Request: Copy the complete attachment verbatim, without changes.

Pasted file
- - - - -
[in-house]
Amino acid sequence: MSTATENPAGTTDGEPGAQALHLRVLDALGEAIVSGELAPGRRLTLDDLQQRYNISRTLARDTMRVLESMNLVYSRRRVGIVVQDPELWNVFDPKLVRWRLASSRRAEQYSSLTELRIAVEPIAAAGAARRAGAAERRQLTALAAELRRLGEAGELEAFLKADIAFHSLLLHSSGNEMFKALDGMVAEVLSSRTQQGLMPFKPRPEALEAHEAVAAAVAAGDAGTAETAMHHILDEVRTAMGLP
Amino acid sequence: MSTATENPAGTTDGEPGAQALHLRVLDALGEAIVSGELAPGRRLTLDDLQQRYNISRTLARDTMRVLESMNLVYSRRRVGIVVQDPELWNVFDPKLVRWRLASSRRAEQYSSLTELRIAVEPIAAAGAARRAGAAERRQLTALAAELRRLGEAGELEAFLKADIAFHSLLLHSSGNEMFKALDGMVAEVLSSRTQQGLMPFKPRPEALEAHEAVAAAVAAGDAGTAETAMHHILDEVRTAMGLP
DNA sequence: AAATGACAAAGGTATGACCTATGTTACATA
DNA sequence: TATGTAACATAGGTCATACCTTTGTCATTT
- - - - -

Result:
[in-house]
Amino acid sequence: MSTATENPAGTTDGEPGAQALHLRVLDALGEAIVSGELAPGRRLTLDDLQQRYNISRTLARDTMRVLESMNLVYSRRRVGIVVQDPELWNVFDPKLVRWRLASSRRAEQYSSLTELRIAVEPIAAAGAARRAGAAERRQLTALAAELRRLGEAGELEAFLKADIAFHSLLLHSSGNEMFKALDGMVAEVLSSRTQQGLMPFKPRPEALEAHEAVAAAVAAGDAGTAETAMHHILDEVRTAMGLP
Amino acid sequence: MSTATENPAGTTDGEPGAQALHLRVLDALGEAIVSGELAPGRRLTLDDLQQRYNISRTLARDTMRVLESMNLVYSRRRVGIVVQDPELWNVFDPKLVRWRLASSRRAEQYSSLTELRIAVEPIAAAGAARRAGAAERRQLTALAAELRRLGEAGELEAFLKADIAFHSLLLHSSGNEMFKALDGMVAEVLSSRTQQGLMPFKPRPEALEAHEAVAAAVAAGDAGTAETAMHHILDEVRTAMGLP
DNA sequence: AAATGACAAAGGTATGACCTATGTTACATA
DNA sequence: TATGTAACATAGGTCATACCTTTGTCATTT